Do you have a life plan? If not, I really think you need one. It’s a document that will help you prioritize decisions and make choices so that you end up where you want to be.

Failing to have a life plan is kind of like heading off into life with no idea where you end up. Sure, there will always be detours. But it’s important to have an itinerary if you actually intend to find yourself in a particular destination.

(Learn more about creating a life plan here and here.)

life plan priority

But even if you have a life plan, there’s a really good chance it’s not good enough. I have one and I’m not satisfied with it. It’s not good enough. It’s not compelling enough.

Do you know why?

My life plan is about me.

That’s right. I followed all the recommendations for how to put together a life plan. I prayed. I took some time alone. I thought. I created a document with pretty pictures. And I ended up with a nearly lifeless document of things that I want to have.

Ways I want to be remembered. The kind of person I want to be.

Great! What’s the problem?

Those are good things. But they’re not good enough.

If I’m planning for what I want to have achieved or accomplished by the end of my life, my vision is too small. I can’t see far enough. My planning isn’t comprehensive enough.

No, I need to see further. And so do you.

I’m talking about a life plan that’s about the long game. It’s not about the short putt to sink the ball and walk happily off the green after a few more years. It’s not primarily about padding a 401(k) or . No. This is about a life plan that’s intent to shape the future for the next couple generations.

I need to make my life plan based on the legacy I want to leave behind in my children and grandchildren. In the legacy left in your children and grandchildren.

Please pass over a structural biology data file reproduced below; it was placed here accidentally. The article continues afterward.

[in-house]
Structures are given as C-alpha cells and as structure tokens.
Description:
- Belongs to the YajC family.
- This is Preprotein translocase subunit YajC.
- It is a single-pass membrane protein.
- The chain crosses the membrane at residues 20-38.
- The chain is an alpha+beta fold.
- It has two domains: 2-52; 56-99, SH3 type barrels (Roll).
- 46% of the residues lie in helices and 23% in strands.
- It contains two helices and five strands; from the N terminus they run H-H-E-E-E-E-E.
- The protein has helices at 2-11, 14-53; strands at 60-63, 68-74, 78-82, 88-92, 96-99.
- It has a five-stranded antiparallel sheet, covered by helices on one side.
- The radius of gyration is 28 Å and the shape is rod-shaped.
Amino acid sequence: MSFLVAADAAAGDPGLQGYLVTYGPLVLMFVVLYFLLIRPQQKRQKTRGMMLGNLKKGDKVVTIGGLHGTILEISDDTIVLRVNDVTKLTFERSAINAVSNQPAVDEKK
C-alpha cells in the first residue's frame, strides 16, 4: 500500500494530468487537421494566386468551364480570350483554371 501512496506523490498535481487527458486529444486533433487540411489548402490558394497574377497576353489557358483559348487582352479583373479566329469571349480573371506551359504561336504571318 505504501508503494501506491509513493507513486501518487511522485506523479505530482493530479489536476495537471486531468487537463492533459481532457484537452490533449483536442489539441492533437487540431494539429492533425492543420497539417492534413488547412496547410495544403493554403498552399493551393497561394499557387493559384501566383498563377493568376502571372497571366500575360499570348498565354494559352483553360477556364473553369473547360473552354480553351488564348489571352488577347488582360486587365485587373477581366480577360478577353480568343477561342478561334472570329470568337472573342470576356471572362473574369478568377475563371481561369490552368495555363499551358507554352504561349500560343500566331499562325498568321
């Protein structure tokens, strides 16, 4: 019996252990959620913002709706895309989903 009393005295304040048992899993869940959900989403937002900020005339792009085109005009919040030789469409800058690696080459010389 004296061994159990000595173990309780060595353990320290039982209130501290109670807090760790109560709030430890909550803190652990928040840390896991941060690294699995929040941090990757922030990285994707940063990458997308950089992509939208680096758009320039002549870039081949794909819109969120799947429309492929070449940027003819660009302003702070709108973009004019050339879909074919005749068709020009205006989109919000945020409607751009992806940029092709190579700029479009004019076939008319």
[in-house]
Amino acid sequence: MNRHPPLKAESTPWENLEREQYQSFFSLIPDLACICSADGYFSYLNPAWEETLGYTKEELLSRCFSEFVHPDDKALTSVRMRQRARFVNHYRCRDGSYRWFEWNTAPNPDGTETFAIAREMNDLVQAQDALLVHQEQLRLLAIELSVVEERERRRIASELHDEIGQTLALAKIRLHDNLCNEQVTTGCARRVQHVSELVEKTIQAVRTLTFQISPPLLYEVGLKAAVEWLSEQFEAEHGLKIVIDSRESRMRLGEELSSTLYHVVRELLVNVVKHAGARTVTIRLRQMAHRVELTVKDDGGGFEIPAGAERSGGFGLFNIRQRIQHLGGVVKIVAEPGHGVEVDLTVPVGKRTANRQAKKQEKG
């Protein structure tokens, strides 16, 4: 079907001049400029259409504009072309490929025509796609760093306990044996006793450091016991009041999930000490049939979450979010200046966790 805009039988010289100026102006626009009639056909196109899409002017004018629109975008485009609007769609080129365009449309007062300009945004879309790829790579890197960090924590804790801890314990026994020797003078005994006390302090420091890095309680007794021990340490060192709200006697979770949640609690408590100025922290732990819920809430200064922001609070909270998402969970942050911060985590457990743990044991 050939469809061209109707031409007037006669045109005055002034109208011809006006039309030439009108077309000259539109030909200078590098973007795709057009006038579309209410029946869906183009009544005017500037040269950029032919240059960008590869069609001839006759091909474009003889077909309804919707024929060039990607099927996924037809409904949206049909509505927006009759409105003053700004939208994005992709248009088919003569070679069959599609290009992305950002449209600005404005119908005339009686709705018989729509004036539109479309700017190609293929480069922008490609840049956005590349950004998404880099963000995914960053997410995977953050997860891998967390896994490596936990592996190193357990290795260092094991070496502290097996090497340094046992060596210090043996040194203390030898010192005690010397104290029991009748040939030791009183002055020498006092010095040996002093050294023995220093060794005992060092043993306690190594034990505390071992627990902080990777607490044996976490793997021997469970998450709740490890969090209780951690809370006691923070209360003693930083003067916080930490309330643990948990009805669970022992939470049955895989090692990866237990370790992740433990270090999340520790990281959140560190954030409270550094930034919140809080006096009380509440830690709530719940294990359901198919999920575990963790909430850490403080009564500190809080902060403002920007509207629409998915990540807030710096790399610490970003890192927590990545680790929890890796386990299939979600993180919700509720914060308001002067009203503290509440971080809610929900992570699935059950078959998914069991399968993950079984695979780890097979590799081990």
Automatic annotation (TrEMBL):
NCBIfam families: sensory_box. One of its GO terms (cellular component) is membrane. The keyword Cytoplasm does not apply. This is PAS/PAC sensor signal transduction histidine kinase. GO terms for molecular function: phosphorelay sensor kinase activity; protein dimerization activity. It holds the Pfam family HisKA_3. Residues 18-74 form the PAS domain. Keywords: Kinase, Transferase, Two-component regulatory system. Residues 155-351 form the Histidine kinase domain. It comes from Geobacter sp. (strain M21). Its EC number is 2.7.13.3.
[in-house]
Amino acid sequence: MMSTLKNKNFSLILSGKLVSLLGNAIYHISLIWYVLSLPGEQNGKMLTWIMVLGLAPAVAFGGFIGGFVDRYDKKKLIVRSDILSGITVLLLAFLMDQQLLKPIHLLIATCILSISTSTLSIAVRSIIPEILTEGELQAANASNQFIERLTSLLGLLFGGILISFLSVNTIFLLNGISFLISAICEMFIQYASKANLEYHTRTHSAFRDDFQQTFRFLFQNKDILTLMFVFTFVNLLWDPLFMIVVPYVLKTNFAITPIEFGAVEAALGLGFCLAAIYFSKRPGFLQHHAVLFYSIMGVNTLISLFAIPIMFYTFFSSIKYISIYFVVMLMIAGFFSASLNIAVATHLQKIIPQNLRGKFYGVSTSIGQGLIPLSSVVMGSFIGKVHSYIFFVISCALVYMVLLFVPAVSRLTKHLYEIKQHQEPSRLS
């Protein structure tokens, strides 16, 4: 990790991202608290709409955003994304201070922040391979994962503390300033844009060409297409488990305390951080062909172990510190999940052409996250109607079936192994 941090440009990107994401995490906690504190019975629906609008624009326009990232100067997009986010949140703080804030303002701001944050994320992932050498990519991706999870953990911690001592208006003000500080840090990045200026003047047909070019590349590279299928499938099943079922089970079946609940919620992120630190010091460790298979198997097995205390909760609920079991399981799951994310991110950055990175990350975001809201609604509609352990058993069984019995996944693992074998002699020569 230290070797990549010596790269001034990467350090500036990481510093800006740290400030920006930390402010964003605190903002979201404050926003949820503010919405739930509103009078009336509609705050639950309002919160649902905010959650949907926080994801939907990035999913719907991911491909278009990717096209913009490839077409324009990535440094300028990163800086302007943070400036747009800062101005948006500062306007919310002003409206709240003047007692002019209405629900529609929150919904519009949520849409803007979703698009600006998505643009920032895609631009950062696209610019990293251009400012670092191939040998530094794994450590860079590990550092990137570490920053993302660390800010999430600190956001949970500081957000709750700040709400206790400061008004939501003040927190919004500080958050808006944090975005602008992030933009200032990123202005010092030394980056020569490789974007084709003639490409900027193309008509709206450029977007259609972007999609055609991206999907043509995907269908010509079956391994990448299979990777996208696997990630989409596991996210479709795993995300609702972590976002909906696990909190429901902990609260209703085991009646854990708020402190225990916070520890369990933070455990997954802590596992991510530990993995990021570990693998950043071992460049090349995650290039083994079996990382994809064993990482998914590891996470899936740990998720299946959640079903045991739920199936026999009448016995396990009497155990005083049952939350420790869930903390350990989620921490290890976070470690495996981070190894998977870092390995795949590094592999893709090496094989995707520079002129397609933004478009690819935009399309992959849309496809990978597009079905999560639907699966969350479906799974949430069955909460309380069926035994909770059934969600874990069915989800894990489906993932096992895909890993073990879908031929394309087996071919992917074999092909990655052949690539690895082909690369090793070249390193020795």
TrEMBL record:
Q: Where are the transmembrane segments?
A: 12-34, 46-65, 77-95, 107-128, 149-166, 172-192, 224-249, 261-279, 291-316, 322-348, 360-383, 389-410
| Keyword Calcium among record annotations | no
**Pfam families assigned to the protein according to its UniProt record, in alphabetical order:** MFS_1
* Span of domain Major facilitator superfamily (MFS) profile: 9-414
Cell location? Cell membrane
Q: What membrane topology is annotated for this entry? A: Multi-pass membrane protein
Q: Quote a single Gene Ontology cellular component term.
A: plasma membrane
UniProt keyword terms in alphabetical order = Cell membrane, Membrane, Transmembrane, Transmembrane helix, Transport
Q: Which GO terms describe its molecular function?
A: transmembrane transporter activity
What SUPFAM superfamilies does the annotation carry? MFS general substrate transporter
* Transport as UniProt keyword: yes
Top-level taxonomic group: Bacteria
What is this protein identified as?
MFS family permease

If I’m serious about honoring God in all that I do, if I really believe it’s my job to help people connect with God, find meaning, and fulfill their destinies, then I have to be thinking about leaving that behind both for and in the next generation.

(No, I’m not talking about choosing a career for my 3 month old now. I’m talking about character traits and perspectives. I’m talking about relationship with God and with other people and with the earth. Stuff like humility and servanthood and integrity.)

So I’m seriously thinking about totally scrapping my life plan and starting over. Sure, I can’t control things. Yes, God is gracious.

But if I’m serious, I need to think about the kinds of people I want my children and their children to be. And then I need to become the kind of person who makes that possible for them.

How do I make that possible?

Well, I’m not exactly sure. I’m still working that out. But I know this.

First, many things are outside my control. But these I know that there are a few things I can do with God’s help.

I can model the behaviors and character traits that are important (that’s more important than blabbing on and on about stuff they’ve never seen me do). I can create rituals to make faith a part of our lives. I can make the most of teachable moments. I can pray for my children and my family.

But it starts here.

  • I have to know what I want for them
  • What I want for them should line up with the Bible
  • I ought to write it down so that I can remember it
  • I should build a plan

So, there. I said it.

My life plan isn’t good enough. And if yours ends with you, it’s not good enough, either.

So, what are we going to do about it? What are you going to do about it?

Image credit: Robert S. Donovan

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